CATBALOGAN CITY – The province of Samar continued to be the source of illegally recruited women and children promised for high-paying jobs in Metropolitan cities.
Rhoda Ercilla of Plan Philippines said, as she quoted a local study, that poor individuals from this province have become victims of human trafficking then later out landed in sex dens, abused and exploited.
In a forum attended by some 600 women, the problem on Human Trafficking and the Magna Carta for Women was tackled during the Women’s Month celebration in Paranas town, in Samar.
Ms. Ercilla said they have formulated some strategies to avoid the escalation of the problem in the province to include disseminating good information and tips as well as the reinforcing the local authorities in gateways of the region.
Meanwhile, Myra M. Tambor of Katungod han Samarena Foundation (KSFI) also shared insights on the existing law – the Republic Act 9710 or Magna Carta of Women (MCW).
Tambor said MCW is a comprehensive women’s rights law that seeks to eliminate discrimination through the recognition, protection, fulfillment and promotion of the rights of Filipino women, especially those belonging in the marginalized sectors of the society.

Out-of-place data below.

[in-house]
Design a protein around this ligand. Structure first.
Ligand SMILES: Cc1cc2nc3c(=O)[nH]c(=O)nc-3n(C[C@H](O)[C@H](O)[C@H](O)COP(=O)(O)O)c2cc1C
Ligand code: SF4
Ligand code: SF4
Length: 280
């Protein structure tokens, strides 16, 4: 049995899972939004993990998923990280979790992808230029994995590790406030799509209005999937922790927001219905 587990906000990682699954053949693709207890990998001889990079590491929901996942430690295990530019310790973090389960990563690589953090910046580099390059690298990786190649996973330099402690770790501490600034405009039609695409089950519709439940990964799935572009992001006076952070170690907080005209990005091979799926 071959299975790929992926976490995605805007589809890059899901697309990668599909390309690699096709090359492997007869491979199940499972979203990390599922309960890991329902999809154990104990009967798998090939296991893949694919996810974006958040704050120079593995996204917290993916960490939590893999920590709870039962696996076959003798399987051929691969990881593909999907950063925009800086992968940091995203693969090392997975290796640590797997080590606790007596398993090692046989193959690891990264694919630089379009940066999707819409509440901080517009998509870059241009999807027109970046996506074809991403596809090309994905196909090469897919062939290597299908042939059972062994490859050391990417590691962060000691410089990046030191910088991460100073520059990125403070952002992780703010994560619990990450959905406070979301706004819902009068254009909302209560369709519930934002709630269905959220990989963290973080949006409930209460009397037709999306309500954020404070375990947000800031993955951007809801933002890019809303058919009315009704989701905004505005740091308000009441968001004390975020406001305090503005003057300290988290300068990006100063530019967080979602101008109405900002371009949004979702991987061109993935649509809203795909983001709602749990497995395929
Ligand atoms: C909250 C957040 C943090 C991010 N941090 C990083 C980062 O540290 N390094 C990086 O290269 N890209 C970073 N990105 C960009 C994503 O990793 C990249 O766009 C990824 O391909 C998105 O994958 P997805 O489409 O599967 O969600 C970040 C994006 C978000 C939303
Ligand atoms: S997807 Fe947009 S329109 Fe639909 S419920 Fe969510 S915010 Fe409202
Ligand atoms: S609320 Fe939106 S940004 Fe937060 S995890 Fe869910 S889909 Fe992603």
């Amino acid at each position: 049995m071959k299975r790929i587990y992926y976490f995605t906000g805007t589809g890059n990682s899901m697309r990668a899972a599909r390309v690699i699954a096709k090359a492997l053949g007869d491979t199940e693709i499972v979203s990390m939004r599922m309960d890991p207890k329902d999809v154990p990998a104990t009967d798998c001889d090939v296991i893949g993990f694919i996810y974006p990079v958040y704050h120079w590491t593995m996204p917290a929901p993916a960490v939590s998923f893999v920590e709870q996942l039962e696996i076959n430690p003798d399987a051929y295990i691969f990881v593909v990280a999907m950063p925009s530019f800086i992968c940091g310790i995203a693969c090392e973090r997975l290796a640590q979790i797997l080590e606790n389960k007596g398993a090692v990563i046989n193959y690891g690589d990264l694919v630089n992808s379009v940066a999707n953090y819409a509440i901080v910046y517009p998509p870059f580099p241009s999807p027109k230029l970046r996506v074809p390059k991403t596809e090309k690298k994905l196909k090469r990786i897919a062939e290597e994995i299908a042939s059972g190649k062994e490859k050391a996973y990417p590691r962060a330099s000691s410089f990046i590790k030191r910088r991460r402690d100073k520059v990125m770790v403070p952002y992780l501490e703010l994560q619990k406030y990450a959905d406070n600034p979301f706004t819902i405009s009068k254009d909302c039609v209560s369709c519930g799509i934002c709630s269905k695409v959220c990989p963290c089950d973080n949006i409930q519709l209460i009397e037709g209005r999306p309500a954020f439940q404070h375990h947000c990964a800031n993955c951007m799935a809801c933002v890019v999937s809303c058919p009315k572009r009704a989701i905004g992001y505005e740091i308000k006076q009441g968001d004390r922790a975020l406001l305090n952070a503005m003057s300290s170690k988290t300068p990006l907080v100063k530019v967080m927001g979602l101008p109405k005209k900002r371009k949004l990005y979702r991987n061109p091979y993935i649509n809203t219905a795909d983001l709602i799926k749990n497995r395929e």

This year’s Women’s Month theme “Kababaihan gabay sa tuwid na landas” emphasized the need to accelerate participation in governance and enhance gender perspective in upholding good governance.
Tambor said that since this is according to the “Daang Matuwid” of President Benigno Aquino, the women’s group will push for the increased number of women in third level positions in the government with a fifty-fifty (50-50) gender balance and the participation/composition of women in all levels of development planning and program implementation.
Aquino earlier signed into law the Expanded Anti-Trafficking Act of 2012 (RA No. 10364) which will give a strong message against the syndicates that the government is serious in fights against human trafficking.
Under the landmark law, any attempt to recruit and deploy Filipinos for human trafficking is recognized as a criminal offense. It also removes the cloak of confidentiality for perpetrators of human trafficking so they could no longer hide from the public by citing their right to privacy.
It is said that illegal recruitment and trafficking of women to countries such as Lebanon, Syria, Jordan, Malaysia, and South Korea continue despite repeated warnings from the government.